Best known for human-like text output, LLMs are widely used in various frameworks for text and imagery generation. Tools such as Jasper, CopyAI, or ChatGPT help marketers, writers and creators to generate copy and content based on prompt engineering, helping to make the output even more relevant and accurate. Meanwhile, multiple other tools are under development, for example, an experimental Dramatron system using the prompt chaining approach to produce theatre scripts and movie screenplays based on log lines (briefs), bringing LLM storytelling capabilities to a completely new level.

Customer Support Automation

LLMs' abilities to generate human-like responses and the accessibility of AI technology make LLM-powered chatbots an industry standard for customer support software. Companies of all sizes utilize AI for building automated assistants, providing for automated customer service responses and personalized interactions. One example is the UltimateGPT tool, which integrates ChatGPT to enable human-like responses to customer queries, now utilized by such companies as TransferGo for customer helpdesk.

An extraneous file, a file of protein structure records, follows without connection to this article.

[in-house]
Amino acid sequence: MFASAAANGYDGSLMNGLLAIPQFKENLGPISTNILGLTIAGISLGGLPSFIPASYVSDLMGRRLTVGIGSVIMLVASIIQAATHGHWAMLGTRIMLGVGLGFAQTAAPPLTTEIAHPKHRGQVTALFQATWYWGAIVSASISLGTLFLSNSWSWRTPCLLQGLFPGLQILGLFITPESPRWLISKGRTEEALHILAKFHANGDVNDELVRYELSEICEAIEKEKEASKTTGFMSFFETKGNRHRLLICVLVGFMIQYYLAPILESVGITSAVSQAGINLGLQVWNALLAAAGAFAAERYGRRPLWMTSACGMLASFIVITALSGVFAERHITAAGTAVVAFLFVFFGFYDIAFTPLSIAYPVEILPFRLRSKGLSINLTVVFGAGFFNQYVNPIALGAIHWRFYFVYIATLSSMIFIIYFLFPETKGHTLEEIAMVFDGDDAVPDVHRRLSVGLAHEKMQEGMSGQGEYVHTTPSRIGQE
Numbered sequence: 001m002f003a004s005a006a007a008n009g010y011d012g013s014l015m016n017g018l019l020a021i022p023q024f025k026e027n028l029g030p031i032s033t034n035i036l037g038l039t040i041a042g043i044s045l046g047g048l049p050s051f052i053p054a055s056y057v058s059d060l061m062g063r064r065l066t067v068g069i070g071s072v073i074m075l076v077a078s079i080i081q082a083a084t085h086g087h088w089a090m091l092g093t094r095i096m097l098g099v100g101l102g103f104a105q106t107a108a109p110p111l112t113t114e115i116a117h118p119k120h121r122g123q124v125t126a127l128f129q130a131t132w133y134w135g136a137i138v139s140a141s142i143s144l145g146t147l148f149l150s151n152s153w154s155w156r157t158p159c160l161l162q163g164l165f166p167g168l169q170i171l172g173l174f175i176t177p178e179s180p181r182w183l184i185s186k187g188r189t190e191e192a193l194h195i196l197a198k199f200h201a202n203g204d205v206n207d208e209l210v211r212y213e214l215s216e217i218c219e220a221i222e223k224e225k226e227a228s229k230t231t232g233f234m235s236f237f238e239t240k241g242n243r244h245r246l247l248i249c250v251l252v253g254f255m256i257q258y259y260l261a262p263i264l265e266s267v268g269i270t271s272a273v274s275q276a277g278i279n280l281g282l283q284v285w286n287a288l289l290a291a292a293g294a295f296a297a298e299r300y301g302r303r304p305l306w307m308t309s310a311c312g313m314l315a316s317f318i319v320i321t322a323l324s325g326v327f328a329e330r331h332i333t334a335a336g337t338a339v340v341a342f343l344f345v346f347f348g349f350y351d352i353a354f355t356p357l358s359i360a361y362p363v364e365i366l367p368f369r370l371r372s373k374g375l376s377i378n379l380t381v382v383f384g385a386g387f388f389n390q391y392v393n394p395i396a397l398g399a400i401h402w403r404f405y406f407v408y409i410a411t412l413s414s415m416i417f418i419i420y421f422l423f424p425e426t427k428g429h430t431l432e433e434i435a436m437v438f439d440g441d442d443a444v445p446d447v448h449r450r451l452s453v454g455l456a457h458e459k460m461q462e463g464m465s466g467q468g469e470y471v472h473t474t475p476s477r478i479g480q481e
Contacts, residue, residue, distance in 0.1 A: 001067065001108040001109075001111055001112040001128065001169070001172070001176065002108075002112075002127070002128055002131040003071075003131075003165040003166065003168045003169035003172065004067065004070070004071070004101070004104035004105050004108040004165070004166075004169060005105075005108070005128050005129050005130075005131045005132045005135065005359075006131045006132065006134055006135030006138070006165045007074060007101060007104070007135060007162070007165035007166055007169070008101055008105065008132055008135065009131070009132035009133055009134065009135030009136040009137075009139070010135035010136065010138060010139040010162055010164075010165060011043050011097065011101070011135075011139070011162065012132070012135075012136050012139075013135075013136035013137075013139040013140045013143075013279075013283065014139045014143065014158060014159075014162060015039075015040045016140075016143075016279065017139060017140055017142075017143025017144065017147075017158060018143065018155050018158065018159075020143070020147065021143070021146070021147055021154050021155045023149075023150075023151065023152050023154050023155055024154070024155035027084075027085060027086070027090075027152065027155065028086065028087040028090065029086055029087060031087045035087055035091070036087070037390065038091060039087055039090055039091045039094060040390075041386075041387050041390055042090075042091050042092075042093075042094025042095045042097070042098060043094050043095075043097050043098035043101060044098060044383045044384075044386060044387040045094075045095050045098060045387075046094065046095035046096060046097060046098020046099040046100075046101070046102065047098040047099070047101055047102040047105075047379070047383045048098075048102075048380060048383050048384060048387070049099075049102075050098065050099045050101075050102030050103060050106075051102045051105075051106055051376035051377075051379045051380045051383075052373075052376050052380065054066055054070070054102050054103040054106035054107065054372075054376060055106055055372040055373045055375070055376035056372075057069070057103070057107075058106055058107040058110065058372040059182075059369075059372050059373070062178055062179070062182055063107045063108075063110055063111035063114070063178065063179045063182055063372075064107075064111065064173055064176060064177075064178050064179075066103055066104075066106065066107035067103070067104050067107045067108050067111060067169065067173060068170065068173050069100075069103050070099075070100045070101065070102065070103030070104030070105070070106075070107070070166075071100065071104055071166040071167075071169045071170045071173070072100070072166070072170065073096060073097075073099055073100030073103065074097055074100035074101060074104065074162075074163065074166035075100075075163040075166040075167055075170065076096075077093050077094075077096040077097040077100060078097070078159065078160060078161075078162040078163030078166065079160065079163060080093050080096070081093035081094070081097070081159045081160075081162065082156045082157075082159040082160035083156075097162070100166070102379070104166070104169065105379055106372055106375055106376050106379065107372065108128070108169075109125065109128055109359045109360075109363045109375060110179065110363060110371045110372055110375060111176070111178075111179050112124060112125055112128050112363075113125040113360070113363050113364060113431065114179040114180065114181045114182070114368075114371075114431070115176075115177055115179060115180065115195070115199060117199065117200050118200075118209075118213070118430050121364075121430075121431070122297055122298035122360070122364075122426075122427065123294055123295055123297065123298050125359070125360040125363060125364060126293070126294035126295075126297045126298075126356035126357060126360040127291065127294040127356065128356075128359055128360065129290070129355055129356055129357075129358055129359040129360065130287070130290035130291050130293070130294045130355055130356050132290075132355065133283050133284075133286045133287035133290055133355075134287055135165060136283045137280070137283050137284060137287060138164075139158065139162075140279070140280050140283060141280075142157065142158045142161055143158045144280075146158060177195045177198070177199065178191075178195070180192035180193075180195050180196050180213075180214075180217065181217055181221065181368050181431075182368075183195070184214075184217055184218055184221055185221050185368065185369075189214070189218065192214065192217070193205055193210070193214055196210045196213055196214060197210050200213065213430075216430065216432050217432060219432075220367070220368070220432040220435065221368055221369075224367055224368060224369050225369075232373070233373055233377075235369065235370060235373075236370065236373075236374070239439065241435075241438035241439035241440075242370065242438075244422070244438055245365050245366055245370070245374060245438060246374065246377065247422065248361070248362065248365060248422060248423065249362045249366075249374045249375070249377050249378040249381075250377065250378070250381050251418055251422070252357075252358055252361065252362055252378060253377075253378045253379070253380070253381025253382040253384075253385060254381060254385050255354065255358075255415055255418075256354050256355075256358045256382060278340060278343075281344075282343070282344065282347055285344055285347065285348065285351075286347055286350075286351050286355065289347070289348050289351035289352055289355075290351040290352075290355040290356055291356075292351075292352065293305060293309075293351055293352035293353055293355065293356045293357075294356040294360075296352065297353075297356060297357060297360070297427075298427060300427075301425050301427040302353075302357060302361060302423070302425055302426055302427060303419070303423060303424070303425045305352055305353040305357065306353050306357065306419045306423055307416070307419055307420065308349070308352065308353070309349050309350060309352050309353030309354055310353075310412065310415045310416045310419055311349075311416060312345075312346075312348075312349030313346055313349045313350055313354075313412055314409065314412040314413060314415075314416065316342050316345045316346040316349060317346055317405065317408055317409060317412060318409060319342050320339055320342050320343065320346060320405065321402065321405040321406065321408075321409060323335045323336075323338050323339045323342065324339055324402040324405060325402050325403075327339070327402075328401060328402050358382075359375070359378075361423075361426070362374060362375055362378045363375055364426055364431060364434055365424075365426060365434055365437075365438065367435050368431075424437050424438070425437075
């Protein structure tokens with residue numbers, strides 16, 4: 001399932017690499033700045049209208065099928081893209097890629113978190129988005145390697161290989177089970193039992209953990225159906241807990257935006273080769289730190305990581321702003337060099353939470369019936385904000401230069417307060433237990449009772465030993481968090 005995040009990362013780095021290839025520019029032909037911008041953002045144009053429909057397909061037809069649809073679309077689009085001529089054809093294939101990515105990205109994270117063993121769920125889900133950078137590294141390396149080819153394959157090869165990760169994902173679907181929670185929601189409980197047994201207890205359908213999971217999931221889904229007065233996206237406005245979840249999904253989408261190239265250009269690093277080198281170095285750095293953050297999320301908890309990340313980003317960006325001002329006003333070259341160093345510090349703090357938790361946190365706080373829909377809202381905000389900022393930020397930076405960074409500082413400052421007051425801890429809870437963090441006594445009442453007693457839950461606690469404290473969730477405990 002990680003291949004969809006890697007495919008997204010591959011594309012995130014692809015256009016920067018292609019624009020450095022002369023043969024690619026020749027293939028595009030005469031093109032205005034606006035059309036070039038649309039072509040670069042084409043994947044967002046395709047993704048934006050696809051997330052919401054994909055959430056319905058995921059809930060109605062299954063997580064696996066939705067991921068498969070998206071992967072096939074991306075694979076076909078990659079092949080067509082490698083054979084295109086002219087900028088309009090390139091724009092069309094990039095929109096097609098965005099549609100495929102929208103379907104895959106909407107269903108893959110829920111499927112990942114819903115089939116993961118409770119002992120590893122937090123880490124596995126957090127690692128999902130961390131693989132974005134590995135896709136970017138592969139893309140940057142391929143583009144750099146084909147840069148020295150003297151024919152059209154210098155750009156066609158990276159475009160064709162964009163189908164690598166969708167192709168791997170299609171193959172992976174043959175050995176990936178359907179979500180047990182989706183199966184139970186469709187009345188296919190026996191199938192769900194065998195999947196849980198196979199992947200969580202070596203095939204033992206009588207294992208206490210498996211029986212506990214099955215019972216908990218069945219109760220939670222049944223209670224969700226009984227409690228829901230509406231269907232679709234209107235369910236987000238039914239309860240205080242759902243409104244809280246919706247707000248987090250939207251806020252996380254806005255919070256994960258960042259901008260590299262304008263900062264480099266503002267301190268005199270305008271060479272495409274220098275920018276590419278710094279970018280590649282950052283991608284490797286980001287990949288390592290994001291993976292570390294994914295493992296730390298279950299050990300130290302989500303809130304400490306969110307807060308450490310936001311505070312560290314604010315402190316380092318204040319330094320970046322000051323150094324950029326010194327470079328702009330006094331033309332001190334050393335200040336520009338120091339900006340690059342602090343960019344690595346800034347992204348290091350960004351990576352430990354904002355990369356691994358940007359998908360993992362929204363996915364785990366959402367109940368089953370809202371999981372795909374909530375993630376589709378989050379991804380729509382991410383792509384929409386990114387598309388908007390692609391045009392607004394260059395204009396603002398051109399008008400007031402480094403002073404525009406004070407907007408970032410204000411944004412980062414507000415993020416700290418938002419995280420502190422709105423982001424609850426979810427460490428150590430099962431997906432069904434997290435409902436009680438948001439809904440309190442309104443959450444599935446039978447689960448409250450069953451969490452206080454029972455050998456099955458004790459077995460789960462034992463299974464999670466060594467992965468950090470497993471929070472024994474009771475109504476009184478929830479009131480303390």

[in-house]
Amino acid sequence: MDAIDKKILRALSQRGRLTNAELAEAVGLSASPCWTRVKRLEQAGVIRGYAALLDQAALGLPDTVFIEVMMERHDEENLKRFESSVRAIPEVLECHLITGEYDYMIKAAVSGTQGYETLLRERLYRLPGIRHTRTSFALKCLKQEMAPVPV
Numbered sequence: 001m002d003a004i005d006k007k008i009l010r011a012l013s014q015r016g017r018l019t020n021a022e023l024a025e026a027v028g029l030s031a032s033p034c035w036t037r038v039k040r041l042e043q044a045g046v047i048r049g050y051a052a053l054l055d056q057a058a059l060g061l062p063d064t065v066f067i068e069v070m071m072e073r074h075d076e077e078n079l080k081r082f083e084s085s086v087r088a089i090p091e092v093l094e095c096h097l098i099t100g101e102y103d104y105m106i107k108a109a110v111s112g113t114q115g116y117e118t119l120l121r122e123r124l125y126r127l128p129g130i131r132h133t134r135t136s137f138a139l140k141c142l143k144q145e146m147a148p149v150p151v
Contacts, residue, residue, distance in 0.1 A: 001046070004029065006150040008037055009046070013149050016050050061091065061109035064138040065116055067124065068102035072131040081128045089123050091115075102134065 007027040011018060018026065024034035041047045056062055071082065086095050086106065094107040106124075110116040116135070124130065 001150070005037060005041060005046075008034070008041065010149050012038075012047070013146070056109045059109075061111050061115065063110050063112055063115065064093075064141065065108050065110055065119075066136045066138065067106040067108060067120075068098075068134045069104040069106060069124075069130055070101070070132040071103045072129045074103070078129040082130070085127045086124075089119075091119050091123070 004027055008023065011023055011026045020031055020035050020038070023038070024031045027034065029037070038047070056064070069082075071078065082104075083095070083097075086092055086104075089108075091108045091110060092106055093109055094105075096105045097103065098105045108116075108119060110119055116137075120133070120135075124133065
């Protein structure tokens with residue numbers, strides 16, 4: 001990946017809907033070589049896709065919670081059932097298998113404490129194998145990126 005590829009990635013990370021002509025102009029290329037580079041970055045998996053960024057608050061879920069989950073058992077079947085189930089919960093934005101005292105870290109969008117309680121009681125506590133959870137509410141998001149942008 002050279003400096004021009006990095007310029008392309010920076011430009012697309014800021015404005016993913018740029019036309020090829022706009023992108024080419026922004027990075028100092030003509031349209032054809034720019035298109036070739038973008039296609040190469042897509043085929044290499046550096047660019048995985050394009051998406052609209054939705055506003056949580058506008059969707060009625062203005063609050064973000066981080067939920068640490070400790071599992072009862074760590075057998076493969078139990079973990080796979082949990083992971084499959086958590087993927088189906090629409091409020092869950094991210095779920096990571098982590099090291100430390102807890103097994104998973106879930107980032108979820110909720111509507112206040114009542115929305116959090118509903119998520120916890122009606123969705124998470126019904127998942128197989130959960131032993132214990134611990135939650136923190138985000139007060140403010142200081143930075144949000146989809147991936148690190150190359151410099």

Bad and Problematic Use Cases

As businesses aim to utilize AI in new applications, the existing limitations of the technology and its reliance on prompts call for the selective application of LLMs depending on the specifics of the task, the model used and other factors. On the contrary, when LLMs are used without regard to their limitations, the results can be frustrating or even lead to negative experiences. Here is the list of real-world incidents where using LLM led to unintended or unexpected results.

Generating misleading information

The plausibility of data produced by LLMs presents significant risks as the resulting output can look accurate on the face of it but be inherently incorrect. Coupled with LLMs' propensity to produce hallucinations, this tendency calls for gate-keeping LLM responses by human experts, for example, in contexts involving financial, medical or legal advice as well as educational content. 

For example, in legal practice, there have already been several cases where lawyers over-relied on ChatGPT to prepare court filing which resulted in fictitious citations and non-existent judicial opinions. In one instance, a federal court fined a law firm from New York for presenting made-up court filings created by ChatGPT. Interestingly, the judge mentioned that fake judicial decisions generated by the chatbot "have some traits that are superficially consistent with actual judicial decisions" while other portions were "nonsensical gibberish."